Plantar fasciitis – or heel pain – is not unusual in those new to exercise. Here’s how to prevent, or manage, this painful condition. Plantar fasciitis (heel pain) mostly affects people in their 50s, 60s and 70s, but younger people new to training are also commonly afflicted – especially when starting a new training program and going too hard too soon. The plantar fascia is connective tissue that runs along the sole from the heel to the ball of the foot, keeping the bones and joints in position. Plantar fasciitis is a condition involving this ligament-type structure in the sole of the foot that can cause heel and arch pain. The plantar fascia becomes inflamed and irritated at its attachment at the base of the heel. Sometimes bony growths called heel spurs are present – and these can become permanent – but they are not the cause of heel pain: it is the inflammation in the plantar fascia surrounding the spur that causes pain. In addition to tight calf muscles caused by over-exercise, other causes of plantar fasciitis include flat feet, an increase in bodyweight, soft shoes and poor foot function. If, due to exercise, you significantly increase the workload on your foot over a very short timeframe, the muscles, tendons and ligaments will become stressed. As the fascia is unable to stretch, it pulls away from the heel bone and becomes strained or torn. Plantar fasciitis can also be brought on by long periods of standing or walking, particularly if wearing flat shoes that don’t provide much support. This causes calves to work harder and become tight. The pain associated with plantar fasciitis is often described as feeling like a bruise underneath the heel – like having a stone in your shoe. It is noticed when the foot hits the floor first thing in the morning, and can be so severe that it causes hobbling for a while after getting out of bed.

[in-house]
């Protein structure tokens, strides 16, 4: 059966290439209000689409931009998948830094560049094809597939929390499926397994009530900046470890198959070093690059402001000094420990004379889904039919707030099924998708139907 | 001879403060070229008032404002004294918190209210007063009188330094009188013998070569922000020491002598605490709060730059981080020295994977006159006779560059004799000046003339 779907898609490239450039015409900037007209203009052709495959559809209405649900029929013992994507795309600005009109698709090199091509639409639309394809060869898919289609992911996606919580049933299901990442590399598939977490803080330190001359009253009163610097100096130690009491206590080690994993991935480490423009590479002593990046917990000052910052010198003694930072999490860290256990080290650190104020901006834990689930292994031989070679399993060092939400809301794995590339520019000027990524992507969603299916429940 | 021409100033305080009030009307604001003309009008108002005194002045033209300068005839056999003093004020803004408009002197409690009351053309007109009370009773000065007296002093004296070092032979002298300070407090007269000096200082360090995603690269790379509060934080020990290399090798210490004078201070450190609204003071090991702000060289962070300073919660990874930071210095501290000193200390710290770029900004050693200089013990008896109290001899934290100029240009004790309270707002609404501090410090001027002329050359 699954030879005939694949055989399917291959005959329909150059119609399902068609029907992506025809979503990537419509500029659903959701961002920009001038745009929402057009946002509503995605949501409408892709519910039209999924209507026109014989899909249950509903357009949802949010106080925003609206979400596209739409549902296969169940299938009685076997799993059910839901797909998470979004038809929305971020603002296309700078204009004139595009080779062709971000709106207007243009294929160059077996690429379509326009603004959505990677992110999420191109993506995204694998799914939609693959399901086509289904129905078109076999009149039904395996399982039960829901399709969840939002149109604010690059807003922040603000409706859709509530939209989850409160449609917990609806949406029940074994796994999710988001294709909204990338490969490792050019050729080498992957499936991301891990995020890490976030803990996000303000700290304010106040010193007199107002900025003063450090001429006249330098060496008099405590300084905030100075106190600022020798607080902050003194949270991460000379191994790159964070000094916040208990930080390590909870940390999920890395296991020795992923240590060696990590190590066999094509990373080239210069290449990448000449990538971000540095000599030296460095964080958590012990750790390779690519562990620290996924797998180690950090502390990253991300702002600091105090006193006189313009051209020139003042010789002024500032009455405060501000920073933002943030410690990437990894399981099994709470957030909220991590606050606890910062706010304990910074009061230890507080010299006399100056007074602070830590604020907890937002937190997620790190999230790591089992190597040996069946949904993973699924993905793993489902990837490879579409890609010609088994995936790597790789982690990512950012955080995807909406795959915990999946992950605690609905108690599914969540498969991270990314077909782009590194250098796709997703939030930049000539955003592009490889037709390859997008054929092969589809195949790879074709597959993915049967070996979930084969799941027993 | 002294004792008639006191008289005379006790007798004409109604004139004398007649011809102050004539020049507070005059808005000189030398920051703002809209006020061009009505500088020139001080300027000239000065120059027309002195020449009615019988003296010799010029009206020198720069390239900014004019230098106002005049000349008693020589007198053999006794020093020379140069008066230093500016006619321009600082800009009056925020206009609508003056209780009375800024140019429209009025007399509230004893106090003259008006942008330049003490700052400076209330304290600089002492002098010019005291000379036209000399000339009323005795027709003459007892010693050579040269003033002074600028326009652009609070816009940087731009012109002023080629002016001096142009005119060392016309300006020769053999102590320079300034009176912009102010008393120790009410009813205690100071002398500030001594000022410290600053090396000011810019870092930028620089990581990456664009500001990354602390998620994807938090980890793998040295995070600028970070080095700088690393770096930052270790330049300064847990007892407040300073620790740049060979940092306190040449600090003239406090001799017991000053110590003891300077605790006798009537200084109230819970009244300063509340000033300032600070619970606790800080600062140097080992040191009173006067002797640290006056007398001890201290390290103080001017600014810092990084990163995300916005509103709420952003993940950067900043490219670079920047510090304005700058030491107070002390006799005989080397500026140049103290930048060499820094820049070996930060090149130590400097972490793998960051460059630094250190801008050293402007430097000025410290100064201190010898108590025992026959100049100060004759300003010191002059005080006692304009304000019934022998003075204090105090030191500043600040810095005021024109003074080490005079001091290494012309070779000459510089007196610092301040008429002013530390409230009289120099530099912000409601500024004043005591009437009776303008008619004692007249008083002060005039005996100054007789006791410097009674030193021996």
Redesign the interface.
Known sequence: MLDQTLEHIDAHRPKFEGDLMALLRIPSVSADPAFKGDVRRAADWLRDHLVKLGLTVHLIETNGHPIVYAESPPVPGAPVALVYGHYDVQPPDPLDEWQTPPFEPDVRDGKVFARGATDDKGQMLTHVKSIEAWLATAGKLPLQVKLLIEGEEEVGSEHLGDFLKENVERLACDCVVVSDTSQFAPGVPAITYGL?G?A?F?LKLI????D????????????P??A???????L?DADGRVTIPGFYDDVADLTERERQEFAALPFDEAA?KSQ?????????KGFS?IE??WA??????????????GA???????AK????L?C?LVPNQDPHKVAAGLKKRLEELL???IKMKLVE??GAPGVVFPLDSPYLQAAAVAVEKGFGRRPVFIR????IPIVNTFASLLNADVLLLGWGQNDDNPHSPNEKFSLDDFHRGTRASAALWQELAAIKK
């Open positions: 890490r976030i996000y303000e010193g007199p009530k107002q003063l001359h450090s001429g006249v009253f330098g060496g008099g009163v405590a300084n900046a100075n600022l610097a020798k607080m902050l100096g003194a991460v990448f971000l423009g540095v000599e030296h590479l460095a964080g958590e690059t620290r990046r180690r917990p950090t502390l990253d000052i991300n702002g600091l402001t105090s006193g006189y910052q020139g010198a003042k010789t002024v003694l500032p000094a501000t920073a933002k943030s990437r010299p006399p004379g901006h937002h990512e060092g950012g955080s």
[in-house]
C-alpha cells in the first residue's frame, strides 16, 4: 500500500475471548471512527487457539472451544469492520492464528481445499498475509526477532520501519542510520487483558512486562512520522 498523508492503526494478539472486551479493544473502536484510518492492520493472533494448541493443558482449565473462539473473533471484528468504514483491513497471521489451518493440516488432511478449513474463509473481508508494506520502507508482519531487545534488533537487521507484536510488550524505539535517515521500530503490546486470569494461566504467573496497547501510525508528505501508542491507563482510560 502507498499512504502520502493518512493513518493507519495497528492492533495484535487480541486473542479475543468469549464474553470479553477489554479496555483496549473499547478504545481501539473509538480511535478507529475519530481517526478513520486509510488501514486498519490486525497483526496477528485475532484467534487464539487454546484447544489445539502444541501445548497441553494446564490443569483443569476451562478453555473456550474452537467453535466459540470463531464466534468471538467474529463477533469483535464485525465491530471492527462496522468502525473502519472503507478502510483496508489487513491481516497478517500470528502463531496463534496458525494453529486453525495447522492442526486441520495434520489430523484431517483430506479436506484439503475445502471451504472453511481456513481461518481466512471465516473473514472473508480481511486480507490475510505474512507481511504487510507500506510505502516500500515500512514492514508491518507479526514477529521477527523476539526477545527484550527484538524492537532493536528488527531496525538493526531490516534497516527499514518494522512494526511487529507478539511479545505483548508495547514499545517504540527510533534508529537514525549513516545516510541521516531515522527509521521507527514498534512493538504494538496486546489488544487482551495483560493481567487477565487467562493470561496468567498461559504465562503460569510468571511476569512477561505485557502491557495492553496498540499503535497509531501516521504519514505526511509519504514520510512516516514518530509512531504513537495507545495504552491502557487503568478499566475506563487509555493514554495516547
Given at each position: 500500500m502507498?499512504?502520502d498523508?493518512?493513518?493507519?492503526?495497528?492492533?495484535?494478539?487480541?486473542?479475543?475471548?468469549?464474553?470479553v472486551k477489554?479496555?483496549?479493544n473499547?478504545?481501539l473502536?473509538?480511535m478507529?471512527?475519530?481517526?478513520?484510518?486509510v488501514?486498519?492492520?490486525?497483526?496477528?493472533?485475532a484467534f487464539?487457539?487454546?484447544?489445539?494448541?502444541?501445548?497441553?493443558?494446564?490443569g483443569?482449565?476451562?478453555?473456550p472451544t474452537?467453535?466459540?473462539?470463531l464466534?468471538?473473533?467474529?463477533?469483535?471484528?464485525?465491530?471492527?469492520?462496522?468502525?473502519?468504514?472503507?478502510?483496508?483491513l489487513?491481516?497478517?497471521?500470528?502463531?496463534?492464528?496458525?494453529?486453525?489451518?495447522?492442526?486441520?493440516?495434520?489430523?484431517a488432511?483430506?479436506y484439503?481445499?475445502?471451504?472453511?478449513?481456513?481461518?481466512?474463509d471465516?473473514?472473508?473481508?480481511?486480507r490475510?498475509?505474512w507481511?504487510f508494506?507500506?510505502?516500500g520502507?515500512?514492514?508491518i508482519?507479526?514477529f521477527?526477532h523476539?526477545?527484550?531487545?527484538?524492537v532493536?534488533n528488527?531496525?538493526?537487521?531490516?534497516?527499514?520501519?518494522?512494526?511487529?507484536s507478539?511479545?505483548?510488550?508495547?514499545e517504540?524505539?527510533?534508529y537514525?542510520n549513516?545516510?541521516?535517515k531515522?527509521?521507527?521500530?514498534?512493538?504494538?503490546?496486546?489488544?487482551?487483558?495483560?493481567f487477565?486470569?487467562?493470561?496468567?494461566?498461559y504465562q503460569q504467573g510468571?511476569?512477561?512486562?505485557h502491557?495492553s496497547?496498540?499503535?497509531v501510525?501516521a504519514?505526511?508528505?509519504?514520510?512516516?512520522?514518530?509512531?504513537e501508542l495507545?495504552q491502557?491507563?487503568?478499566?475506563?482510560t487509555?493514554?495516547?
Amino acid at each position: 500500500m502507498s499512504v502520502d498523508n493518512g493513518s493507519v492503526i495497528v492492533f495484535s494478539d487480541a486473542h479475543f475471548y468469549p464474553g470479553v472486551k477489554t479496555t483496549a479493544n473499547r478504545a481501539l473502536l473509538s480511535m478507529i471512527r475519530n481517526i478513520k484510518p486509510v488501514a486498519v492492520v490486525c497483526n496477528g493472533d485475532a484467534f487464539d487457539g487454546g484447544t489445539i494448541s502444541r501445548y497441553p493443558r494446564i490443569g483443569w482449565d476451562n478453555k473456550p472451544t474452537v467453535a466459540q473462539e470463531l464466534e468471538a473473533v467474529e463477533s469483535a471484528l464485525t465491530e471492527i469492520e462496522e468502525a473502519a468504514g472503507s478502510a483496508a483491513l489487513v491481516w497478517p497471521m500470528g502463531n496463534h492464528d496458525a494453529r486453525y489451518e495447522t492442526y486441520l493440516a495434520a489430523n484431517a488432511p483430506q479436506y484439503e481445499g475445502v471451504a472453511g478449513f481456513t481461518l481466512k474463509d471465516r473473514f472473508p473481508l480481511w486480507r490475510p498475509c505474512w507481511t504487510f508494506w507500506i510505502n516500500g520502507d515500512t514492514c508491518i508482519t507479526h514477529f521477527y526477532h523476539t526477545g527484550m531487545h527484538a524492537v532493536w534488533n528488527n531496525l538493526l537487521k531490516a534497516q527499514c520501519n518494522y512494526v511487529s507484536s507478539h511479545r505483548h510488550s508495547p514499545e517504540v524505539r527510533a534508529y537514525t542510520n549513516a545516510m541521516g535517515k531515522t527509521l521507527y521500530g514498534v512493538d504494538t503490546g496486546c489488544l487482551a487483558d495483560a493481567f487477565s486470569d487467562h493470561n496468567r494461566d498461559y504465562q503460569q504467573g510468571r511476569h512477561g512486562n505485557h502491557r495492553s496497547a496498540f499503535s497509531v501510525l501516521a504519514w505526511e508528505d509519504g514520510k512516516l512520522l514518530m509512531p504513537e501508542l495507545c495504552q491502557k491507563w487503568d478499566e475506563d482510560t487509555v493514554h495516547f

Prevention and treatment